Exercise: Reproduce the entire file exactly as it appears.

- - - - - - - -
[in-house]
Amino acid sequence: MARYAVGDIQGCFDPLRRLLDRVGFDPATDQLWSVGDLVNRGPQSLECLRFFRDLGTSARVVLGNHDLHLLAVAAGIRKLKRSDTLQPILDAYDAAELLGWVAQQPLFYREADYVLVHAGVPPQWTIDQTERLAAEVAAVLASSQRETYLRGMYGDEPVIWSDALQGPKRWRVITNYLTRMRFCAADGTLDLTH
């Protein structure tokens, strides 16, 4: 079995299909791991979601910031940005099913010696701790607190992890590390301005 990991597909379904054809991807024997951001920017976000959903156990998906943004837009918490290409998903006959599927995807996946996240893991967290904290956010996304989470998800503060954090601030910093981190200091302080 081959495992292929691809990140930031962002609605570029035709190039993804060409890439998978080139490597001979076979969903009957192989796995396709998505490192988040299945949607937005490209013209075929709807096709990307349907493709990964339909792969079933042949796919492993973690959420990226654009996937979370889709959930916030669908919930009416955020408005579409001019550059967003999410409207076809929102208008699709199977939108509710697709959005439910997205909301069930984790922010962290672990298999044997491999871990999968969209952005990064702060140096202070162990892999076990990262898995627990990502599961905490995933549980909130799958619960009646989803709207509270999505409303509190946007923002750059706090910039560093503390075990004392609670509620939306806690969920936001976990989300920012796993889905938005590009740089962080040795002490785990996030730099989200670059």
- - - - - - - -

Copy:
[in-house]
Amino acid sequence: MARYAVGDIQGCFDPLRRLLDRVGFDPATDQLWSVGDLVNRGPQSLECLRFFRDLGTSARVVLGNHDLHLLAVAAGIRKLKRSDTLQPILDAYDAAELLGWVAQQPLFYREADYVLVHAGVPPQWTIDQTERLAAEVAAVLASSQRETYLRGMYGDEPVIWSDALQGPKRWRVITNYLTRMRFCAADGTLDLTH
């Protein structure tokens, strides 16, 4: 079995299909791991979601910031940005099913010696701790607190992890590390301005 990991597909379904054809991807024997951001920017976000959903156990998906943004837009918490290409998903006959599927995807996946996240893991967290904290956010996304989470998800503060954090601030910093981190200091302080 081959495992292929691809990140930031962002609605570029035709190039993804060409890439998978080139490597001979076979969903009957192989796995396709998505490192988040299945949607937005490209013209075929709807096709990307349907493709990964339909792969079933042949796919492993973690959420990226654009996937979370889709959930916030669908919930009416955020408005579409001019550059967003999410409207076809929102208008699709199977939108509710697709959005439910997205909301069930984790922010962290672990298999044997491999871990999968969209952005990064702060140096202070162990892999076990990262898995627990990502599961905490995933549980909130799958619960009646989803709207509270999505409303509190946007923002750059706090910039560093503390075990004392609670509620939306806690969920936001976990989300920012796993889905938005590009740089962080040795002490785990996030730099989200670059």